The dream of building a system of bullet trains in the United States akin to what exists in Europe involves massive and sustained government spending, more money for unions, and promises to move the nation away from car-based transportation. Thus, it represents everything that excites American liberals.
Obama’s February 2009 economic stimulus package committed $8 billion to 79 projects spanning 31 states that were to lay the groundwork for “13 new, large-scale high-speed rail corridors across the country.”
In his 2011 State of the Union address, Obama touted high-speed rail as a central part of his plan for “winning the future.”
“Within 25 years, our goal is to give 80 percent of Americans access to high-speed rail," Obama boasted. "This could allow you to go places in half the time it takes to travel by car. For some trips, it will be faster than flying — without the pat-down. As we speak, routes in California and the Midwest are already under way.”
As Americans’ assessment of Obama’s job performance turns increasingly negative, however, that vision is in shambles. And even the liberal New York Times is catching on.
In an article that appeared on the front page of the Times’ Thursday print edition, Ron Nixon wrote that “despite the administration spending nearly $11 billion since 2009 to develop faster passenger trains, the projects have gone mostly nowhere.”
Nixon noted that “Instead of putting the $11 billion directly into [high-speed rail] projects, critics say, the administration made the mistake of parceling out the money to upgrade existing Amtrak service, which will allow trains to go no faster than 110 miles per hour.”
Liberals often argue that America is well behind Europe when it comes to train travel, but having a vast rail system in the United States makes a lot less sense. Europe is much more densely populated and its major cities aren’t as spread out. Somebody who takes a train from Barcelona and Paris can easily get around once in Paris without a car – but that isn’t the case in Los Angeles.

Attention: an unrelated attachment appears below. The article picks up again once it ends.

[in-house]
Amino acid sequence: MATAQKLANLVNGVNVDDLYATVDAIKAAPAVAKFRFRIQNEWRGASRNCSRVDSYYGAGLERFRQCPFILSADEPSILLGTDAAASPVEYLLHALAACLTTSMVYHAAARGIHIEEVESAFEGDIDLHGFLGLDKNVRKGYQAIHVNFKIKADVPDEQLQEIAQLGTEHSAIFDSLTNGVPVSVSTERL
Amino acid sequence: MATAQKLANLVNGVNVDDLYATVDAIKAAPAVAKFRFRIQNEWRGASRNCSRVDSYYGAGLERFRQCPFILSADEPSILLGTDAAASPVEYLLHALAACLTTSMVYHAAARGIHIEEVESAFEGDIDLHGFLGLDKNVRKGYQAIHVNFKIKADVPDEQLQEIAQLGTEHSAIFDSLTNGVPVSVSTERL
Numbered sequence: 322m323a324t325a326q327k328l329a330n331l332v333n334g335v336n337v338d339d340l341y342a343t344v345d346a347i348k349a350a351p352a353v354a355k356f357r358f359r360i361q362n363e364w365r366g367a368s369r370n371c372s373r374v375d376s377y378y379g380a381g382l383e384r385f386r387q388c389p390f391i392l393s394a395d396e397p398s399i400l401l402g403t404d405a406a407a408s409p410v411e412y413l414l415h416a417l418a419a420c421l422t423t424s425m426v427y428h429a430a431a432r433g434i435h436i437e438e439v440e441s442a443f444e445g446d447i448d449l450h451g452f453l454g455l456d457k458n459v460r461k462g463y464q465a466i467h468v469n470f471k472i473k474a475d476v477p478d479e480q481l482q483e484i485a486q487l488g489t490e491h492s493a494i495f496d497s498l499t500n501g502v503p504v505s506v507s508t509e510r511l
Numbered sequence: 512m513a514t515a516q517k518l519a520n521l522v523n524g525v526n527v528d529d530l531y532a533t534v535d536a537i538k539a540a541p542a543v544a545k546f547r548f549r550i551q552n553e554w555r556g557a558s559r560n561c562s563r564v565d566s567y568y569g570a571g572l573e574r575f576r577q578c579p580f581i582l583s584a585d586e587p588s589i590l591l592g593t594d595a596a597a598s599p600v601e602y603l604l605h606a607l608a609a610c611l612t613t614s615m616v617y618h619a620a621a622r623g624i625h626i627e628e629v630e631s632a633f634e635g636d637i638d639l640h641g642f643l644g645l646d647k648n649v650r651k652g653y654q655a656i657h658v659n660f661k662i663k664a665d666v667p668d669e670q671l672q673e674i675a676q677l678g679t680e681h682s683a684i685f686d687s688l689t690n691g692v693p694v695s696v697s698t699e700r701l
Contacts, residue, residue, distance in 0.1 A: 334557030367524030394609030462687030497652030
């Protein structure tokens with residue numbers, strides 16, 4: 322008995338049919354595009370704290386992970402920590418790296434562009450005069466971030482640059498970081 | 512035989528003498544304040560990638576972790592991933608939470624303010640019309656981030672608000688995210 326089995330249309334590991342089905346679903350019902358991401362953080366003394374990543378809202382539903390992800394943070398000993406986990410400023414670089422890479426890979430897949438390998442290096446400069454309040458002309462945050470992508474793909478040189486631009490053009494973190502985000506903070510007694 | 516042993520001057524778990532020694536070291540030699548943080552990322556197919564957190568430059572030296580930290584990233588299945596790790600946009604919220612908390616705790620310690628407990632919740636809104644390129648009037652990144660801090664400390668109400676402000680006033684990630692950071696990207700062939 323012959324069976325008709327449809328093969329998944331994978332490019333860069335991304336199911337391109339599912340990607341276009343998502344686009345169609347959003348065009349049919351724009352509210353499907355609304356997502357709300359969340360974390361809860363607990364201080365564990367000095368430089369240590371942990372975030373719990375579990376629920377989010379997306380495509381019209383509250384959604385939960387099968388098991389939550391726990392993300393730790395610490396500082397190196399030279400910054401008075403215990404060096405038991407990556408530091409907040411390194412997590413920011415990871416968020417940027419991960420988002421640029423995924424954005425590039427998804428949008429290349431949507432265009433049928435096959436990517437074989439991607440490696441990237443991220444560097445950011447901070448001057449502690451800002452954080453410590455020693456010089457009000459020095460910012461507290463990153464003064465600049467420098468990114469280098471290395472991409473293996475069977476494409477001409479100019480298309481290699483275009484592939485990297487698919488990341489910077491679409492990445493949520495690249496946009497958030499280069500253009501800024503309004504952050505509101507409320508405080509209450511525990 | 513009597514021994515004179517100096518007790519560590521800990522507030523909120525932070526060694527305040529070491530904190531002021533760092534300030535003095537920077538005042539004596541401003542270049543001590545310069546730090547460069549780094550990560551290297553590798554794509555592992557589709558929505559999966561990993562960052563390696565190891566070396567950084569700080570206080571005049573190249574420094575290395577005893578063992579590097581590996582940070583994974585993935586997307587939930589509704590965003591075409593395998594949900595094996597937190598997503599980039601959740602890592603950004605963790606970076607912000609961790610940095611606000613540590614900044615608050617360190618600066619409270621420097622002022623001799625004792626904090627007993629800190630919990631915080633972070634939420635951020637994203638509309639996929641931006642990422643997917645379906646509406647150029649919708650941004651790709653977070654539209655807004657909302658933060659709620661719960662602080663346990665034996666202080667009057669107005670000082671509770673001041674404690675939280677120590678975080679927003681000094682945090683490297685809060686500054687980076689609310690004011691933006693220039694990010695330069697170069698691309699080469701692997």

When Wisconsin, Ohio, and Florida were taken over by Republican governors during the 2010 wave election, they smartly declined the federal money – recognizing that the short-term injection of funds would impose massive long-term costs and obligations on the states.
The only place where high-speed rail would theoretically make sense is the Northeast Corridor that runs from Boston to Washington, D.C., but it would also be a prohibitively expensive project.
That has left California as the one place that has committed the most to the high-speed rail project.
In November 2008, Californians approved a ballot measure allowing the state to authorize up to $9.95 billion in bonds to finance high-speed rail. The bonds can only be issued if other sources match at least 50 percent of any bond issue.
The Obama administration quickly granted California $3.5 billion for high-speed rail. But since the ballot measure was approved, cost projections have exploded, the project has been tied up in lawsuits, and the completion date for the major phase of the project has been pushed back 14 years, to 2034. It’s now expected to cost $68 billion, and there is no clear plan to raise the rest of the money now that federal funding has dried up.
To make matters worse, the project that was supposed to connect Los Angeles to San Francisco isn't starting in major population centers. Instead, the first 130-mile stretch will be connecting Madera to Bakersfield.
With the public souring on the project, even Democratic Lt. Gov. Gavin Newsom, a one-time ardent supporter of the project, has changed his mind.
"I would take the dollars and redirect it to other, more pressing infrastructure needs, and I am not the only Democrat that feels this way. And I've got to tell you, I am one of the few that just said it publicly," Newsom said during a February appearance on the "Ben Shapiro Show."
The high-speed rail program was one of the ways in which Obama sought to show that government is capable of doing big things, but thus far he has proved just the opposite.